Design for Logistics

Since some decades ago there have been techniques which support the design process concerned with possibilities to manufacturing (Design for Manufacturing) and assembling. The influence of logistics aspects on the design process (and vice-versa) has not been enough studied yet. However, this topic is very important because during the design phase decisions have to be made which have great consequences for logistic aspects, both internal and external: the internal logistics of production and assembly; and the external logistics considering maintenance and part delivery.

Traditionally, manufacturing business has been organized “in series”, with functions such as engineering, manufacturing, and marketing as successive steps. With the advance of “concurrent engineering” that system is often complemented by a parallel team organization, which brings various functions together from the very beginning of product development. At the same time, there is a shift from a producer’s market to a consumer’s market. This means increase in the demand for a higher product variety. The introduction of variety increases two basic categories of costs: production costs and market mediation costs. Consequently, companies must carry out the paradoxical task of providing exclusive products at low cost, high-quality, and at short delivery times.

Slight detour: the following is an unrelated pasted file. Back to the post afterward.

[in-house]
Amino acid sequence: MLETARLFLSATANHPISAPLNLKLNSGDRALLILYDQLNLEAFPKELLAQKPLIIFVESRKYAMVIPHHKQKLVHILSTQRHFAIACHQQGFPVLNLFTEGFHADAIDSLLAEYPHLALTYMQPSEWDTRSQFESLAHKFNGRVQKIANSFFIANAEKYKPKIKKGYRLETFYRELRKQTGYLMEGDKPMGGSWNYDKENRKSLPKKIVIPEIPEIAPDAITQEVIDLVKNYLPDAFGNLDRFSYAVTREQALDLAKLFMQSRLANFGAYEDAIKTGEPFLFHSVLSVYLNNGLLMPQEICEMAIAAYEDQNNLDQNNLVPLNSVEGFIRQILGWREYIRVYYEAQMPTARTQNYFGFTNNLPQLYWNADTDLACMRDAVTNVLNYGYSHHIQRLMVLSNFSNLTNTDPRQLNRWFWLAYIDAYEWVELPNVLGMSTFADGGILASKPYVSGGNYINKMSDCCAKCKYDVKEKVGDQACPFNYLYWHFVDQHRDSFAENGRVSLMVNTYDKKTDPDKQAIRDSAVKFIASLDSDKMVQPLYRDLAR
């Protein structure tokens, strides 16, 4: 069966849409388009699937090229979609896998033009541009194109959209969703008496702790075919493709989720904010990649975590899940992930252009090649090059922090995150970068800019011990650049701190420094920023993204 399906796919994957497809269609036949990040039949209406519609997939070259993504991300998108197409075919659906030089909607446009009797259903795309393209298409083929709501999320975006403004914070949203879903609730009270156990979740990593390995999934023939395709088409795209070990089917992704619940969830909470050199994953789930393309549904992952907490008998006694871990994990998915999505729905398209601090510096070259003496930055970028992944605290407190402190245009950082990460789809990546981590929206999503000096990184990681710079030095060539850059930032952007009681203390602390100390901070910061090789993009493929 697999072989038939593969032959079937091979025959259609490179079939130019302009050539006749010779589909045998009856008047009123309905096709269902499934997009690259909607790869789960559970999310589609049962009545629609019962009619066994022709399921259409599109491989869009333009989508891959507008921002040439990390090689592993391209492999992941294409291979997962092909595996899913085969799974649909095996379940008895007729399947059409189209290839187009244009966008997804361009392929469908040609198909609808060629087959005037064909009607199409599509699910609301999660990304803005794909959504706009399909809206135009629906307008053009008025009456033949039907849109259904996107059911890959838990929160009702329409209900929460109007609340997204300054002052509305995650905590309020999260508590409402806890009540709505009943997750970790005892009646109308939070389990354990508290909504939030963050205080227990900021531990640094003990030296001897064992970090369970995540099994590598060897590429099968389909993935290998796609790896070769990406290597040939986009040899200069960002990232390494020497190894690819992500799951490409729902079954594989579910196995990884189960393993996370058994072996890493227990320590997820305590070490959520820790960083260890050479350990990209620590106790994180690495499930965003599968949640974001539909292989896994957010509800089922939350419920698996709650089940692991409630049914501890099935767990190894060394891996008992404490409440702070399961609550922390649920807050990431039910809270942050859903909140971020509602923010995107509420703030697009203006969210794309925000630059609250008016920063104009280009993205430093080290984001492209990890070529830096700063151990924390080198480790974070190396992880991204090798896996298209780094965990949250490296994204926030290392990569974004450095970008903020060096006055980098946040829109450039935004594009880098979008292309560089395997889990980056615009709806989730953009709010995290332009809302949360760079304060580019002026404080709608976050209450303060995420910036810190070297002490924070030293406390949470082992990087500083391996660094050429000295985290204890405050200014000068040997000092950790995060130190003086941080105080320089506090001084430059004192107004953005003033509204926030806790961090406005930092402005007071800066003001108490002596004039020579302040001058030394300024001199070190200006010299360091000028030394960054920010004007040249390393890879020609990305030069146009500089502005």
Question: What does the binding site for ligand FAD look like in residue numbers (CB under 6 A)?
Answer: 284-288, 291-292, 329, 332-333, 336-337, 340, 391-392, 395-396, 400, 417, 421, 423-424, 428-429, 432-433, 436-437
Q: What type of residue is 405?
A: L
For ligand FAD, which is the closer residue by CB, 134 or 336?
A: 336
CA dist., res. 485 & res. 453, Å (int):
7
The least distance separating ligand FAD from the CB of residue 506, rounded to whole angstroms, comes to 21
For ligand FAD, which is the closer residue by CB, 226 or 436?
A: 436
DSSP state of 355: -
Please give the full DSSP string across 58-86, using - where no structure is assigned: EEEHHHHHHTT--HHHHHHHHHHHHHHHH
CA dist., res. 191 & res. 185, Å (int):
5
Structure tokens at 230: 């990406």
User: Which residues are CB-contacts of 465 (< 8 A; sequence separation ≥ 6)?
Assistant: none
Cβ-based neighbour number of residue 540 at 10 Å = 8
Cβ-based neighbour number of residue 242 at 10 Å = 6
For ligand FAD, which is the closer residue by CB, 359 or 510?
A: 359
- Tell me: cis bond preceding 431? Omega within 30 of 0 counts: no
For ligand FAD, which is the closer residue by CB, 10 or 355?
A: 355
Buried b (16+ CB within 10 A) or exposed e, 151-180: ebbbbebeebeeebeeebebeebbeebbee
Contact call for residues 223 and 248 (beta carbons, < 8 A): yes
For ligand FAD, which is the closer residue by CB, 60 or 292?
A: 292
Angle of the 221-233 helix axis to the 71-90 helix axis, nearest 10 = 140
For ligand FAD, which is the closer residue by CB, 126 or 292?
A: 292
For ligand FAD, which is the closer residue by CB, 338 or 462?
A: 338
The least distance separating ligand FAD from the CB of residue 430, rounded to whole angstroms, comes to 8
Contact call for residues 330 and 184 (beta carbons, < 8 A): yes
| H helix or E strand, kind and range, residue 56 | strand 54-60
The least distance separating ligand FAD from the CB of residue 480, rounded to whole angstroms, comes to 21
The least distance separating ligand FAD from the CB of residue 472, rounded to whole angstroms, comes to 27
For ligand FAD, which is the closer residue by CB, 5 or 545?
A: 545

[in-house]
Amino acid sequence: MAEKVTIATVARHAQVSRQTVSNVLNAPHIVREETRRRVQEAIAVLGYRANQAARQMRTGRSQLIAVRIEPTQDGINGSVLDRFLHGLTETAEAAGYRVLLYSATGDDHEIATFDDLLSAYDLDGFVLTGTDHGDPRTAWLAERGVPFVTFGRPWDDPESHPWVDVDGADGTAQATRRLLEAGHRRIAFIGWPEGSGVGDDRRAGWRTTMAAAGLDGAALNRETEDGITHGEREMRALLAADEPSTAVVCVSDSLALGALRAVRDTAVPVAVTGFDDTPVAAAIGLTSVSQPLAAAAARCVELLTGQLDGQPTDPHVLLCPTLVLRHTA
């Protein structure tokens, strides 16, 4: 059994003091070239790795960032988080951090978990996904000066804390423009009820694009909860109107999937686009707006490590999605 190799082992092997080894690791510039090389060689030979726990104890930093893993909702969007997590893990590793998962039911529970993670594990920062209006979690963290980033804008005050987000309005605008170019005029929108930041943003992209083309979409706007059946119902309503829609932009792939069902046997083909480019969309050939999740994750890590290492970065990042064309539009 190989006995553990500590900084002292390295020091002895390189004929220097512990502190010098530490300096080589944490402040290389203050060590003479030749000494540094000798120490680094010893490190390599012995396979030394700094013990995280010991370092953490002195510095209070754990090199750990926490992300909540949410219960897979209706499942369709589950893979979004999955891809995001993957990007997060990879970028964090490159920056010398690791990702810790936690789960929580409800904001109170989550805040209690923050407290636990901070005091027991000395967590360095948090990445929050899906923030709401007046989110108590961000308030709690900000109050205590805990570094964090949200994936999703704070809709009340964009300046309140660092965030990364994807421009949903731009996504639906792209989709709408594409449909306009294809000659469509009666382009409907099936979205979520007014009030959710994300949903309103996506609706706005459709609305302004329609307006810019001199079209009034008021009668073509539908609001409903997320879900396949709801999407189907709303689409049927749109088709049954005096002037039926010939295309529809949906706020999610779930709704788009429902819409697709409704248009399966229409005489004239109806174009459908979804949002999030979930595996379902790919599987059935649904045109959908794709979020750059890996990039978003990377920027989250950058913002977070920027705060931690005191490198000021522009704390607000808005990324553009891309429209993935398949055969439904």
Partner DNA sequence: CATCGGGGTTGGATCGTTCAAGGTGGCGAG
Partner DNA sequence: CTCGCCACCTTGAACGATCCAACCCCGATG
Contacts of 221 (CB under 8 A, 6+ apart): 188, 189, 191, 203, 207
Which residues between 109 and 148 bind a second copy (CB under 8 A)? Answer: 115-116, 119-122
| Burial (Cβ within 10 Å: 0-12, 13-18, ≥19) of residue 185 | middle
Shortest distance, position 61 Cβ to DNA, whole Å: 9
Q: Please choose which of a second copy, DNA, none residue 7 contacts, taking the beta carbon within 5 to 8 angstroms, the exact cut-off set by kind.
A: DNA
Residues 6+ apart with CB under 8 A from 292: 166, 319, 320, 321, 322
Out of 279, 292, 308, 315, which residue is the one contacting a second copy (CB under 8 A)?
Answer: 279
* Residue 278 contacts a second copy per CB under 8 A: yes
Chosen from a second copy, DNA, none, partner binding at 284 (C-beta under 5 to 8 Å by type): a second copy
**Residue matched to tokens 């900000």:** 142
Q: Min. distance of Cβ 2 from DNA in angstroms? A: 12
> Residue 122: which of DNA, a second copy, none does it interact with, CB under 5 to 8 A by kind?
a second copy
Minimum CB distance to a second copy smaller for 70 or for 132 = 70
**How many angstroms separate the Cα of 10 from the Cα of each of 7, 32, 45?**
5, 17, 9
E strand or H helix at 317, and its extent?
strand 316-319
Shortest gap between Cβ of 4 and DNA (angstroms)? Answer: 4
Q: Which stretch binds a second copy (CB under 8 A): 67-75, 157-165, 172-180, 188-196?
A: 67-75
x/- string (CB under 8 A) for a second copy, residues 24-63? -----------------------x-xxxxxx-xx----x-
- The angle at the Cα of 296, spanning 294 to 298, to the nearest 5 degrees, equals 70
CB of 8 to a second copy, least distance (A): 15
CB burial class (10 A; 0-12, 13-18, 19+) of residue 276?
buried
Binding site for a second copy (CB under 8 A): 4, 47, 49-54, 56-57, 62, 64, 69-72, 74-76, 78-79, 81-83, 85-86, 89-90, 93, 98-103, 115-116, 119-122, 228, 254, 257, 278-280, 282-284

An advanced logistics management strategy must be determined together with a product’s functional specifications to achieve an optimal life-cycle performance. The activities performed from concept to disposal of a product must be integrated and synchronized, leading to the lowest cost possible, the most efficient and flexible production, highest quality and highest service level for the product. Logistical concepts as customer order decoupling point (CODP), postponement and supply-chain development have direct relation with design concept, especially if customization is involved. Yet, little is known about these subjects by the designer.

The scope of the research has been focused on variety and its influence on the logistics strategy as well as design decisions. The choice of product and marketing strategy affects both aspects in different ways. Case-studies in different kinds of industries will help us conclude the framework for helping designers consider logistics strategy while making their job.

Contact:

Raida de Jesus Silva

University of Twente

Department of Mechanical Engineering

Design, Production and Management group

P.O. Box 217

7500 AE Enschede

The Netherlands